Well. . . another day in the fraction trenches for the fourth graders in the Studio--that's for sure! We had a late start today for icy roads, so I thought to myself, "Let's do a quick warm up discussion then get back into those fractions of sets that we struggled with on Friday."
Mmmmhmmmm . . . quick. Riiiiiight.
Here's how today's discussion unfolded. Check out the prompt--see the square divided into pieces? The prompt simply asked them to explain what fraction is shaded--and to explain their thinking.
The good news--students immediately got to work and were confident in their answers.
The bad news--MORE MISCONCEPTIONS!
Here is one student's work . . . she added a dotted line and explained that if you draw a line through it you get 8 pieces--and one is shaded so you get 1/8. Smiles.
Then I moved to the next table and saw this one . . . 3 1/2. Three "whole" sticks and 1/2 of another one. Sigh. Deep breathing. So I finished my rounds and went to the easel (Smartboard on the fritz today) and wrote out the most common answers that I had seen--see photo below. I chose to NOT put the 3 1/2 up there . . . I was hoping the discussion would help this student see the error in her thinking--but I will be watching her closely--and also the person next to her who had the right answer and then CHANGED it to copy hers. Sigh. Two steps forward, one step back.
So I asked students to vote on which answers are correct. See the number of votes in the photo below. Interesting, wouldn't you say?
I thought this was intriguing (NOTE: I had 21 students present--so students DID vote for more than one in some instances--always allowed . . . and very "Smarter Balanced" friendly) so I wrote the following question underneath our information. I asked the students to turn and talk with one another to see what they thought. Lots of heated chatter and hand motions followed!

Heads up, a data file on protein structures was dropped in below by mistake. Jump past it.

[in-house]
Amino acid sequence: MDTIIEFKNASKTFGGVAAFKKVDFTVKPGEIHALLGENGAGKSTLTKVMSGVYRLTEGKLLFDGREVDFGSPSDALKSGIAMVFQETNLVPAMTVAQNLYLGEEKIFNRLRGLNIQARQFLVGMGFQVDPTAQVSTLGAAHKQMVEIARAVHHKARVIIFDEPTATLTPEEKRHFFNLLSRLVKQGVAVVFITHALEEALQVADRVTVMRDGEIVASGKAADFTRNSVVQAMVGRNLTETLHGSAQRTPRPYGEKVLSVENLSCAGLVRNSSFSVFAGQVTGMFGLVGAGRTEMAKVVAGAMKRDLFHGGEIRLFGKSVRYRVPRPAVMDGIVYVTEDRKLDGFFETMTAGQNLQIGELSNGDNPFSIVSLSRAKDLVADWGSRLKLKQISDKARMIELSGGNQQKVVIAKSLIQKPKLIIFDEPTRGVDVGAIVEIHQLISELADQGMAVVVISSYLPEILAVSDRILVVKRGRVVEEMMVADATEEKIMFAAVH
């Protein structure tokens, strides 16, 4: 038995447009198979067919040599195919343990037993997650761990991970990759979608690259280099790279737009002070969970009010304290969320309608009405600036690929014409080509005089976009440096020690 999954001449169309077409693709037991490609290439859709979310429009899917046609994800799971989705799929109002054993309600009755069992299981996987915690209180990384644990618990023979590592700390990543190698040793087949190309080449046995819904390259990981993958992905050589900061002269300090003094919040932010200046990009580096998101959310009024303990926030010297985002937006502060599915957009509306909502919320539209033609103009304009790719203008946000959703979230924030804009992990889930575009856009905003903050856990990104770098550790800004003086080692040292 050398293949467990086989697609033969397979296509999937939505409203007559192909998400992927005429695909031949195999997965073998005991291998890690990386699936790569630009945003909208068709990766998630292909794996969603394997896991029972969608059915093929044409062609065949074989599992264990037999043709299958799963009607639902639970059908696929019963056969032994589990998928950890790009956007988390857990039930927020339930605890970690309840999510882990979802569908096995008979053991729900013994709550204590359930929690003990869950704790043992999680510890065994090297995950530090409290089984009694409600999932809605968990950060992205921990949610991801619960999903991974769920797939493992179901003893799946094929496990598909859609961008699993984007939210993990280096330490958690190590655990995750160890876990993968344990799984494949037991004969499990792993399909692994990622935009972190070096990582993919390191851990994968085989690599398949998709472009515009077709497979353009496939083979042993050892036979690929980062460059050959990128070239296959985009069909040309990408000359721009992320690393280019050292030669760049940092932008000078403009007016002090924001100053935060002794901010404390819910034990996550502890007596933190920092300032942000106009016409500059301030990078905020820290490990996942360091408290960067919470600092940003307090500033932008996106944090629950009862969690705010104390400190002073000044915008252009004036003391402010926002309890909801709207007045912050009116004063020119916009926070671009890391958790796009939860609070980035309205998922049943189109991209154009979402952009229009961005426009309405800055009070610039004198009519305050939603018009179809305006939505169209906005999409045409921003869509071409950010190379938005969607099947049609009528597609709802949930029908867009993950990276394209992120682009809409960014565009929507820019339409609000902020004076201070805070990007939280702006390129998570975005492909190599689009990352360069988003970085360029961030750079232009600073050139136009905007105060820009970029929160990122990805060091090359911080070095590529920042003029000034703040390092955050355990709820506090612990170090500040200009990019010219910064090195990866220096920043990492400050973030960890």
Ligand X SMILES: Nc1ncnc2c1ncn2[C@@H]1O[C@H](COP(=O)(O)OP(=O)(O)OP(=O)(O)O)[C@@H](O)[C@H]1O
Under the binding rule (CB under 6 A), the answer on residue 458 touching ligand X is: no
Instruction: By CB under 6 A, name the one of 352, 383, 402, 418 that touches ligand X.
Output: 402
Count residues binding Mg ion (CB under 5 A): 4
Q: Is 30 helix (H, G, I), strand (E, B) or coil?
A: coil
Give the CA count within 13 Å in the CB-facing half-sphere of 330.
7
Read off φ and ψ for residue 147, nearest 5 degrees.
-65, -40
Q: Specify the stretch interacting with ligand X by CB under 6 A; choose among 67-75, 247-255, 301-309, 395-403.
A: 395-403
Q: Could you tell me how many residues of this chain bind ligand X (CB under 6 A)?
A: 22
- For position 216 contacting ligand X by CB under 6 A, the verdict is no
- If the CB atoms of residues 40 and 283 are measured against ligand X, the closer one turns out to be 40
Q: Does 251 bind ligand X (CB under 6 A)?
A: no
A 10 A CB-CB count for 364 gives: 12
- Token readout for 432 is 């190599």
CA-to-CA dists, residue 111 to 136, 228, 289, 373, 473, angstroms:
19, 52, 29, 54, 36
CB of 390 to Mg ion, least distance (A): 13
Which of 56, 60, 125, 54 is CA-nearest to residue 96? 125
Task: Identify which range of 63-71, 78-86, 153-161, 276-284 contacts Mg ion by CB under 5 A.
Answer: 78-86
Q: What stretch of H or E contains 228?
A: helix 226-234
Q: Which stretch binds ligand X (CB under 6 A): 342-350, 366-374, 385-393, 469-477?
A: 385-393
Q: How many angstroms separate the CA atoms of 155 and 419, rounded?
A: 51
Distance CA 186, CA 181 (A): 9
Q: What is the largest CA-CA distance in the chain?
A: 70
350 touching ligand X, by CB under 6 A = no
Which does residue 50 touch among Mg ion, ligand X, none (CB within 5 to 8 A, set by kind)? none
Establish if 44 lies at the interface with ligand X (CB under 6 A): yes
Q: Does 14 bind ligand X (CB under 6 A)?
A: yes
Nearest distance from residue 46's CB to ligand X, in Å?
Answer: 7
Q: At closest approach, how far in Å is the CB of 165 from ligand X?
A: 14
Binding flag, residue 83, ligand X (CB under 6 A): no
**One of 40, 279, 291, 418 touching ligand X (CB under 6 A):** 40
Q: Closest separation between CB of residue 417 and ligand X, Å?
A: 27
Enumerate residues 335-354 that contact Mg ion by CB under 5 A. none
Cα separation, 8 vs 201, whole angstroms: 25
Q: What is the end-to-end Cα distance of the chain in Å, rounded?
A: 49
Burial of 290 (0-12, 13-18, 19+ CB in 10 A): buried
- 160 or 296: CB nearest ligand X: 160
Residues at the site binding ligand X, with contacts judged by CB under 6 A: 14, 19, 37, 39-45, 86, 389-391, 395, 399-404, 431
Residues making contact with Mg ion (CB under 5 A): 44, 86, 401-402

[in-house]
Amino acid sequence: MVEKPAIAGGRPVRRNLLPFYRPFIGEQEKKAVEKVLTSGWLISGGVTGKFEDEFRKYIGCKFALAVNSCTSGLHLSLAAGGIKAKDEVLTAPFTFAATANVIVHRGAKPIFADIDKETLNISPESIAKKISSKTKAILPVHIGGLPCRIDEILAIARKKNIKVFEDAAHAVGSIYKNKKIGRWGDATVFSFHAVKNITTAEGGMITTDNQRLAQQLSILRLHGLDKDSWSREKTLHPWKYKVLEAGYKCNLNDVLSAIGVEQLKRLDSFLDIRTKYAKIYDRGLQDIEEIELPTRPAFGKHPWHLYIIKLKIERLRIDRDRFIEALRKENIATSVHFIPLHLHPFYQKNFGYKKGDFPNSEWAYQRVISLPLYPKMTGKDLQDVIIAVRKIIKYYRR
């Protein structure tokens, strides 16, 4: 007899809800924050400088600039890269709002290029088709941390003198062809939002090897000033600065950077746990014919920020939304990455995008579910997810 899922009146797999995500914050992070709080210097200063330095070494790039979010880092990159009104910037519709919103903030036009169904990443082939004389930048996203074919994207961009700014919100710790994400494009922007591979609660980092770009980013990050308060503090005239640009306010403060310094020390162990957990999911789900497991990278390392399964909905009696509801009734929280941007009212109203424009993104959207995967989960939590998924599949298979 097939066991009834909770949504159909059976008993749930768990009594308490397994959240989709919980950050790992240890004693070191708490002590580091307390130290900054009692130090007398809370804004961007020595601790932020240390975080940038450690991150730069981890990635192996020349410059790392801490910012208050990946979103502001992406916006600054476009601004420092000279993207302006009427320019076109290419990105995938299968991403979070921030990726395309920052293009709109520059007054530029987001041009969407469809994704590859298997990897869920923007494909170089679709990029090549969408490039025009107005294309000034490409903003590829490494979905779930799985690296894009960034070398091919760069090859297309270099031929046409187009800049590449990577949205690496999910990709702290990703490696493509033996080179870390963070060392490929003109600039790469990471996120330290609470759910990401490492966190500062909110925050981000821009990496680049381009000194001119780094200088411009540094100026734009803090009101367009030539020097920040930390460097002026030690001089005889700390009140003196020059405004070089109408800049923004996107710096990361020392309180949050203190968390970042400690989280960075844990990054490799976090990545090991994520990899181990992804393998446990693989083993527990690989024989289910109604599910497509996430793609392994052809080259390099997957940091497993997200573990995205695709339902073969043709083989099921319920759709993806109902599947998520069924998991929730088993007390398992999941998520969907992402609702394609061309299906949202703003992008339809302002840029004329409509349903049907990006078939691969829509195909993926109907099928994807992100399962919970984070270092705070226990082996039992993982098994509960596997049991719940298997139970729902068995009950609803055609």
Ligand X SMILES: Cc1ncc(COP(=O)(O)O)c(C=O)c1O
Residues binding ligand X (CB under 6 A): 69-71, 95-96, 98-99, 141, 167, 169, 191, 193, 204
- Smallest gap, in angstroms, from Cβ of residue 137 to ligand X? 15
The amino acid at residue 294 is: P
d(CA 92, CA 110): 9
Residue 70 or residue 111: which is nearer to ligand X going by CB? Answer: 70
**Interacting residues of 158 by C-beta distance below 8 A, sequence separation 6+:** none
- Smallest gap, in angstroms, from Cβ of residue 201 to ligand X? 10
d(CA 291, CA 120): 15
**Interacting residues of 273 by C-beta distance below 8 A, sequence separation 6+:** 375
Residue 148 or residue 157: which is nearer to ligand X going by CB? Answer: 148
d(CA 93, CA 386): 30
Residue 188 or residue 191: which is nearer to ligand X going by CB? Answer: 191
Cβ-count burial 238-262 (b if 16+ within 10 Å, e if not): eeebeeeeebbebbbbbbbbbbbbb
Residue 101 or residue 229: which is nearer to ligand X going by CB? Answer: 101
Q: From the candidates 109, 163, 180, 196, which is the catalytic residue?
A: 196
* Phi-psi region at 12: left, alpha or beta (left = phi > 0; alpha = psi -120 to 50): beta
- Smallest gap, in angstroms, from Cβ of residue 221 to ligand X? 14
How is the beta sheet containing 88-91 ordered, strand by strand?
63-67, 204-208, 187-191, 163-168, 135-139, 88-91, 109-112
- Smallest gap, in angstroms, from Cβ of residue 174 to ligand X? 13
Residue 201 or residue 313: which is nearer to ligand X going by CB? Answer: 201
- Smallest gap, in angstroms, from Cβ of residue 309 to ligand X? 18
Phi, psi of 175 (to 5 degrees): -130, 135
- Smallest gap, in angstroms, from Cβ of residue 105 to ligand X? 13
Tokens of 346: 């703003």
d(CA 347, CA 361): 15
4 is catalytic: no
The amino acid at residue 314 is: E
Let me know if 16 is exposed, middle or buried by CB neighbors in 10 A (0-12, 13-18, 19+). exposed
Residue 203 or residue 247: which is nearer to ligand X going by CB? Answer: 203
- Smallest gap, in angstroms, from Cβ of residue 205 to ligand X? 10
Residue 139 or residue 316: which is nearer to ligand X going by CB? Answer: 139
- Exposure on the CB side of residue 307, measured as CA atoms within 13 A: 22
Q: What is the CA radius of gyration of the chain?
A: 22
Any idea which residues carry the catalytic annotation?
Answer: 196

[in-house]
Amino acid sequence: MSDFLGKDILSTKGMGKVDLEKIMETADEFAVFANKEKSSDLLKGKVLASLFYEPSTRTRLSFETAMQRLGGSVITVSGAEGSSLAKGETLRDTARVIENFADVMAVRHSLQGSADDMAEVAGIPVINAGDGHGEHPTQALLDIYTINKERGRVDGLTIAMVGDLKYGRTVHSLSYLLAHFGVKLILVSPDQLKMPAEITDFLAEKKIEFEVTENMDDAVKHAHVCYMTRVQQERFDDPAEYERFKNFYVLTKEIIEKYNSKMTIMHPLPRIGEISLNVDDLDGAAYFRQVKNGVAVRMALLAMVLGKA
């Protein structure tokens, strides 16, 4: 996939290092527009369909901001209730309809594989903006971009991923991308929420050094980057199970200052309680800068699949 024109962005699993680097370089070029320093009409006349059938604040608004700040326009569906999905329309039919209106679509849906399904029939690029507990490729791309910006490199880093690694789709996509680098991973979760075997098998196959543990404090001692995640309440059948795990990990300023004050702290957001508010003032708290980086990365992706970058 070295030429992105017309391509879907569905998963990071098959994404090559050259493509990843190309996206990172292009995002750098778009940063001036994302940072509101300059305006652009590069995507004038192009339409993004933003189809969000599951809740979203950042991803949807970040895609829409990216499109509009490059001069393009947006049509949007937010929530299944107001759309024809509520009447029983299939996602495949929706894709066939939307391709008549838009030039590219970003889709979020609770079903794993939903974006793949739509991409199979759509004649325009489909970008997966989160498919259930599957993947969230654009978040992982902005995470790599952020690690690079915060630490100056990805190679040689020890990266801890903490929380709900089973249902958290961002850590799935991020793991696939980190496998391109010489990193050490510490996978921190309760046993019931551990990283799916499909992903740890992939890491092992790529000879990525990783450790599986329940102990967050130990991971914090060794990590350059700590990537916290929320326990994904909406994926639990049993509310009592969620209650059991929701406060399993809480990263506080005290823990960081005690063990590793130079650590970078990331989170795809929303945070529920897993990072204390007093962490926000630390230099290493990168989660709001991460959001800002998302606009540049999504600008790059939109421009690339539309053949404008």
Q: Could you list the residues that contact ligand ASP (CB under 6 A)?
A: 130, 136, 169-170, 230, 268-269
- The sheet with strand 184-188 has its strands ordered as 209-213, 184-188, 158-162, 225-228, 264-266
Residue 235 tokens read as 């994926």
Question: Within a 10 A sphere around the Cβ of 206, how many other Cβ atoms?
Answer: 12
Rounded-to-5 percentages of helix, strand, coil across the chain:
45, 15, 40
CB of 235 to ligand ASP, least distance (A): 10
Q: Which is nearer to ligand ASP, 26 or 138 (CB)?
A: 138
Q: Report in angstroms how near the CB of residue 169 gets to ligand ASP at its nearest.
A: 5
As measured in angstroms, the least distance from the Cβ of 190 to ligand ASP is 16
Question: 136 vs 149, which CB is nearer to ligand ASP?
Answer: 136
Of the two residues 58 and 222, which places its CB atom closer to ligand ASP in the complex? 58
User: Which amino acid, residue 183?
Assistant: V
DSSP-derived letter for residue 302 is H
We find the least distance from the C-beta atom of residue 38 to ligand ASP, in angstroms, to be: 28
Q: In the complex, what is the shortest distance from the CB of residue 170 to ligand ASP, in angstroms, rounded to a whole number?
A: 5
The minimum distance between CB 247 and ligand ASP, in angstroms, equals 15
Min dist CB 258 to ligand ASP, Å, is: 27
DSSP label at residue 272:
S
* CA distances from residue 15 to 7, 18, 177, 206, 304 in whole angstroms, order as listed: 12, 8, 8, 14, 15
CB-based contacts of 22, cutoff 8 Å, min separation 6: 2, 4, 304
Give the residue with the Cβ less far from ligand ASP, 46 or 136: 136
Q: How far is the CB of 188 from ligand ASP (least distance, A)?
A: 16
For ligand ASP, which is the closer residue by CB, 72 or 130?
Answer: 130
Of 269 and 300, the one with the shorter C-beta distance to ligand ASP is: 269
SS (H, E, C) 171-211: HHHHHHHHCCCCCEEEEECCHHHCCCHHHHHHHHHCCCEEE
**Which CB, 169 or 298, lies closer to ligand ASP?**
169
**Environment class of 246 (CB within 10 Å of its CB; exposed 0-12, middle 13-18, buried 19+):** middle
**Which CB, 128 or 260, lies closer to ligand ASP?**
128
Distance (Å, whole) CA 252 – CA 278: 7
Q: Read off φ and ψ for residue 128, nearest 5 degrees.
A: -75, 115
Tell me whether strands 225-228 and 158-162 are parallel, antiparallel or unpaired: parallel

So we voted again. I asked how many of them thought that the number sentence was true. NOTE: I still had 21 students present. I got 100% agreement--that NEVER happens in my room!
So I called their attention back to the easel and said something like, "I notice that each and every one of you feel that 1/8 is the same as 1/2 of 1/4. Let's vote again about which of these answers you feel represent the shaded part of the square. Look. At. The. Results. Are you as puzzled as I am? I gave them some additional talking time, and a few more crossed over . . . but not everyone.
So I tried this approach. I drew a new picture with NO lines. I explained it was my son's birthday cake--and I asked how much he ate. After some brief discussion, they came up with the idea that it was 1/8 of the cake (except, mind you, of the ONE student who in the above photos refused to accept that we were talking fractions because the pieces were not equal--he refused to admit that this was 1/8 as well. Tenacious little bugger!)
So to make things interesting, I explained that I really precut the cake like this. . . and I asked if he ate the same amount or a different amount. I got some tentative "same" responses. Some said "No, this time he ate 2/16." Others weren't sure. Others said "So 1/8 is the same as 2/16?"
I think I see where things are headed next . . .So much for my easy warm up! I'll be putting this one on the back burner to get a little more confidence going with fractions of sets and number lines--then it will definitely be time to tackle equivalent fractions! It's time! Thanks for stopping by--hope everyone had a safe Monday!
This blog post is now a part of my comprehensive fraction unit available by clicking the image below. Hundreds of teachers have now used it to change the way they teach fractions!